The Other Math Book


So I went to the library and checked out a book called “The Math Myth and Other Stem Delusions” by Andrew Hacker. It might as well have been called “Confirmation Bias, The Book” for as much time that it took me to select it. I saw the title. I was predisposed to agree with it. I checked it out. I’m sure there is some way of saying that in Latin.

The book argues that in spite of our current social obsession with promoting the STEM (Science, Technology, Engineering, and Math) careers, we are not actually succeeding at making much progress because the emphasis on higher mathematics prevents many otherwise capable individuals from pursuing perfectly successful career paths. With the exception of geometry- which I loved and was the only math class that I could ever claim to have gotten an “easy A” in, I was a middling to poor mathematics student. If I got a C in Pre-Algebra, it was a generous grade. I have no memory at all of Algebra. I remember Trigonometry only as “the class that I should have done well in because I’d already taken AP Physics which required a lot of trigonometry but still managed to attain only middling grades”.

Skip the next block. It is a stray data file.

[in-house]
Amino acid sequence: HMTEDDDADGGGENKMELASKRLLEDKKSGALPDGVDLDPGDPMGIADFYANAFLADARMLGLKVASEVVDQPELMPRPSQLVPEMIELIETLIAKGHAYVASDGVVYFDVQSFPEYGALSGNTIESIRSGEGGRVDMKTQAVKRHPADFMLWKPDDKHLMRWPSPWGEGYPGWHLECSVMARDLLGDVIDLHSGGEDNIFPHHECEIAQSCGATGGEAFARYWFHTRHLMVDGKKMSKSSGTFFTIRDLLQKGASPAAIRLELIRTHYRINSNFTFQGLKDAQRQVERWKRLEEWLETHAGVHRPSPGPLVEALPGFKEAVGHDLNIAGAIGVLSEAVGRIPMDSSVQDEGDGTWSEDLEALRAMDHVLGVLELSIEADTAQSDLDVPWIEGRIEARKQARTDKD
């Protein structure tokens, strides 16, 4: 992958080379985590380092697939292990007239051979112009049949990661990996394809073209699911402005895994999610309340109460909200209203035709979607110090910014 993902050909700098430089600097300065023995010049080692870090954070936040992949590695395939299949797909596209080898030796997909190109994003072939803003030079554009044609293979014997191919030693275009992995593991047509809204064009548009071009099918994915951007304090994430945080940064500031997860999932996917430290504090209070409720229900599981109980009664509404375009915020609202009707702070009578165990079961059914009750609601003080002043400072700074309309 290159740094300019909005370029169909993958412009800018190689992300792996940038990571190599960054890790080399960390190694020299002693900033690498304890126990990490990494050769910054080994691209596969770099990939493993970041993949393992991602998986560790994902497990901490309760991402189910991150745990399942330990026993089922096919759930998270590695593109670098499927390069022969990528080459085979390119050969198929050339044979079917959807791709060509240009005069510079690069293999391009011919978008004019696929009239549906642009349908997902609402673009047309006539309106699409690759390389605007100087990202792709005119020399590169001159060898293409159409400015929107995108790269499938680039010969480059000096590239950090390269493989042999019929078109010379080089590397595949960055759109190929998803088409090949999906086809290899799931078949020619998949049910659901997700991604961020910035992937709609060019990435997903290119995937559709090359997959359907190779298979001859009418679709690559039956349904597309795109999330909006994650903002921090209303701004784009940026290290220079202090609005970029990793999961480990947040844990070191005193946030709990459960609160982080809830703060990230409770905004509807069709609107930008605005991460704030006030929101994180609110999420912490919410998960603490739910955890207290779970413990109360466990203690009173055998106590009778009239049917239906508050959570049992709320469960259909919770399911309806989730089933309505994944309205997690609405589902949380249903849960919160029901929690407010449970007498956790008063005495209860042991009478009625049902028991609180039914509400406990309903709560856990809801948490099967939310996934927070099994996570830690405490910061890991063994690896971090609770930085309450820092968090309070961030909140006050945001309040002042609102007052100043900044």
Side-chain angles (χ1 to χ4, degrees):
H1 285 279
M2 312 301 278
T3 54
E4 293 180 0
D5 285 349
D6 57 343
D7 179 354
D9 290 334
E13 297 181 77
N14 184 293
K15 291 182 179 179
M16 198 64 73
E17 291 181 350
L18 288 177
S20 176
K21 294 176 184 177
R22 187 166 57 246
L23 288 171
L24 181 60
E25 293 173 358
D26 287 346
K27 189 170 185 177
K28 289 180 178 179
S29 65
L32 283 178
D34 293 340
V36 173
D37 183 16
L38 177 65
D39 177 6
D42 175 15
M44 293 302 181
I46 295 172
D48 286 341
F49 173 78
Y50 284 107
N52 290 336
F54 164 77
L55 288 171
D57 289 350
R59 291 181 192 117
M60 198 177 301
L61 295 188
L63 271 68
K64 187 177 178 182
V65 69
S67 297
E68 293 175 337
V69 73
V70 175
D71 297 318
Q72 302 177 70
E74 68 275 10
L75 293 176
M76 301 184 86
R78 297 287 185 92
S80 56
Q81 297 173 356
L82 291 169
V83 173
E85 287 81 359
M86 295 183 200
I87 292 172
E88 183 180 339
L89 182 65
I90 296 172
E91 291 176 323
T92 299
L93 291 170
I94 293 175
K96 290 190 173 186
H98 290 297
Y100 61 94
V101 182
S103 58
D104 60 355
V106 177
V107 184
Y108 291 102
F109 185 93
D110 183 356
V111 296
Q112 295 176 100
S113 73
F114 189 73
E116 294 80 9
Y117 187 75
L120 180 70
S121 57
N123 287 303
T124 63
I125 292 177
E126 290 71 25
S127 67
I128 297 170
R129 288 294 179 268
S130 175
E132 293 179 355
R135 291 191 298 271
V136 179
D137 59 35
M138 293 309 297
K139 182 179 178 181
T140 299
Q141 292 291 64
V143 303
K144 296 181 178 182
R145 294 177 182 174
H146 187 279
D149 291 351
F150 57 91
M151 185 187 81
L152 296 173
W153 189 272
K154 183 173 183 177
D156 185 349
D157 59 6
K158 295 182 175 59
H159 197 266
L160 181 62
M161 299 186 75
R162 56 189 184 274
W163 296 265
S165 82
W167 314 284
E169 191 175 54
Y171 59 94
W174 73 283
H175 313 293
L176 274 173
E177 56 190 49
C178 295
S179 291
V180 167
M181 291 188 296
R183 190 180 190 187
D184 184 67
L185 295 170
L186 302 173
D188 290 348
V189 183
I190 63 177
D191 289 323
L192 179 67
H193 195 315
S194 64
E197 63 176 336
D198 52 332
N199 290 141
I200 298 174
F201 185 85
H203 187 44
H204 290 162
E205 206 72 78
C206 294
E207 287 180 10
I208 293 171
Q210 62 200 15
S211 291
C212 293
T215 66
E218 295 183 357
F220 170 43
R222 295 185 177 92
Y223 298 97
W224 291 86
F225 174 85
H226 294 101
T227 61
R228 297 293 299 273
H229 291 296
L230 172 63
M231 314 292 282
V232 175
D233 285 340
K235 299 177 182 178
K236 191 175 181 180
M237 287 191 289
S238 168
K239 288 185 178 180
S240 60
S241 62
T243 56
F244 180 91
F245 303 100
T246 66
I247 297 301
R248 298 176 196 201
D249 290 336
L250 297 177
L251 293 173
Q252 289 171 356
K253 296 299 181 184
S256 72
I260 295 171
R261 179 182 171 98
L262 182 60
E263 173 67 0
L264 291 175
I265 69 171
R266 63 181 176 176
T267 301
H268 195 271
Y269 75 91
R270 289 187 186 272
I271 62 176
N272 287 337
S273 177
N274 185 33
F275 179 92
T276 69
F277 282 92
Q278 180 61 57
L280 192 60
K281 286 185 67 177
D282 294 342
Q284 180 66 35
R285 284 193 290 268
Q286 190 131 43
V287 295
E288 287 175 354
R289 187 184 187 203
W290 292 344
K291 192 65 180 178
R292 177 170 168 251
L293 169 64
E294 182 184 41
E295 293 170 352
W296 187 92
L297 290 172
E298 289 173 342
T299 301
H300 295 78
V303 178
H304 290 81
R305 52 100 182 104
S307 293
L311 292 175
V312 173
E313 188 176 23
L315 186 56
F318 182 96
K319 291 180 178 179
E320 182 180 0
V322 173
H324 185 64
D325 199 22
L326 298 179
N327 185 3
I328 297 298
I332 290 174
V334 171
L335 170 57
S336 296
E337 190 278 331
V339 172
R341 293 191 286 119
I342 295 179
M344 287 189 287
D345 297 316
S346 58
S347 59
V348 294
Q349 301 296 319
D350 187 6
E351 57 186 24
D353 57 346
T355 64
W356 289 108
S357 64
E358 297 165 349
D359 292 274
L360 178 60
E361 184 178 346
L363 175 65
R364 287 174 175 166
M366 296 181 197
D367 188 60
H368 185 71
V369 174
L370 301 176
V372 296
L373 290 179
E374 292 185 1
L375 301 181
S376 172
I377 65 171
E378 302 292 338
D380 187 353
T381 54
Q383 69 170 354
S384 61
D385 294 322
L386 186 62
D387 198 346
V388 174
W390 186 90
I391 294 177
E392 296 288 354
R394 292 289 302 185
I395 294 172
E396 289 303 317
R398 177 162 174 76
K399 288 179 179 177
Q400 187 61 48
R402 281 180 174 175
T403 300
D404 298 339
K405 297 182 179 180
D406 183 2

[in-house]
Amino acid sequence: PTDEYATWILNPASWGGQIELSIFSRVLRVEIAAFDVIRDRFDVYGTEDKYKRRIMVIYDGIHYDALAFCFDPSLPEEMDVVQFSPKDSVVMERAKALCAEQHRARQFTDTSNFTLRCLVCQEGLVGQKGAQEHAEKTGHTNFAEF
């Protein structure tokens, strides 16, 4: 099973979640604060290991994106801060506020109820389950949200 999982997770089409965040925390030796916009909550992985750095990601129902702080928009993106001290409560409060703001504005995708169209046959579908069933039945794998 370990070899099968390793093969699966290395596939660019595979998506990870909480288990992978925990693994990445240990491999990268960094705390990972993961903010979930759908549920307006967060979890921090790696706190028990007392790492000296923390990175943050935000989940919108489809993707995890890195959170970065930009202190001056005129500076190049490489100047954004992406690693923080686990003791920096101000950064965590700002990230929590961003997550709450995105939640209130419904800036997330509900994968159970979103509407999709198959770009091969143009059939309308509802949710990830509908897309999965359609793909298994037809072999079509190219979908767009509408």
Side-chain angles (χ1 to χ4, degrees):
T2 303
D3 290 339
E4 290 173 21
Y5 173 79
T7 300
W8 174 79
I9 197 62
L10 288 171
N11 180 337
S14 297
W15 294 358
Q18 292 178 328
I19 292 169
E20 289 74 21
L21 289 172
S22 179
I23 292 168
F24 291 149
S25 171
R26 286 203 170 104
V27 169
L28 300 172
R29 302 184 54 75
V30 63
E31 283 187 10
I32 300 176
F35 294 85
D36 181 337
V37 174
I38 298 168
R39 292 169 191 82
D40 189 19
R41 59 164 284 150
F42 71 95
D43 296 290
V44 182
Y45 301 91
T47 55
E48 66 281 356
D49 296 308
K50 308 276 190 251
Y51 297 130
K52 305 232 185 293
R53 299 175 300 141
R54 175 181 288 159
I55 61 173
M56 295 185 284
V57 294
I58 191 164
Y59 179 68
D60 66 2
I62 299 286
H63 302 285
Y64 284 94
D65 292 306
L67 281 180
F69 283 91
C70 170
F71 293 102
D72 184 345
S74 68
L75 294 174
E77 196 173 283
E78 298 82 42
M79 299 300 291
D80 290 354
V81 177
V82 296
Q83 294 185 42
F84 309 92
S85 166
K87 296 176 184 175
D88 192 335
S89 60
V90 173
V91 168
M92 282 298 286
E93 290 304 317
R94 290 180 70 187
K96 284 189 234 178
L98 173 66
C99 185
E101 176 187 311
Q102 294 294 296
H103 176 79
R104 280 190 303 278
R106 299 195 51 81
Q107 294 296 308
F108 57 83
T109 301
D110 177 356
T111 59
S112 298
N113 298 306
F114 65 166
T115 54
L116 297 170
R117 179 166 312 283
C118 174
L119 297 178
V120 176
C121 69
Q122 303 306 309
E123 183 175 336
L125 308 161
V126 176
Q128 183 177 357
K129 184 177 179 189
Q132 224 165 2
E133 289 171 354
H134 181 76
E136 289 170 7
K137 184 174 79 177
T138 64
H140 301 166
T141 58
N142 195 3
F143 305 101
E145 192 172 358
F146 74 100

So I was more than a little bit edified to hear somebody else say that maybe the problem was with the system and not totally with me. I still regret not taking Calculus. I would have failed it if I’d taken it in high school, at the time I wasn’t interested enough to divert the mental energy away from college applications and Finding Myself to have succeeded at it. But I regret not having any way to learn it now, after the fact. You know, for fun. I found a calculus textbook in the trash and I’ve saved it ever since thinking that maybe someday I would go back and learn it- now that I have an adult brain. Every so often I open it up and look at the equations, but I might as well be reading the Voynich Manuscript for all that I can understand of it.

But anyway, what would I know? I went into the arts. Aside from my personal feelings of wanting to learn calculus, I can’t say that I’ve ever needed much more than arithmetic in my everyday life. I’m certainly not in one of the STEM fields, but I sometimes wonder if I would have found science or engineering more appealing if I’d felt more successful in mathematics in high school.

~ by Gwydhar Gebien on June 21, 2016.

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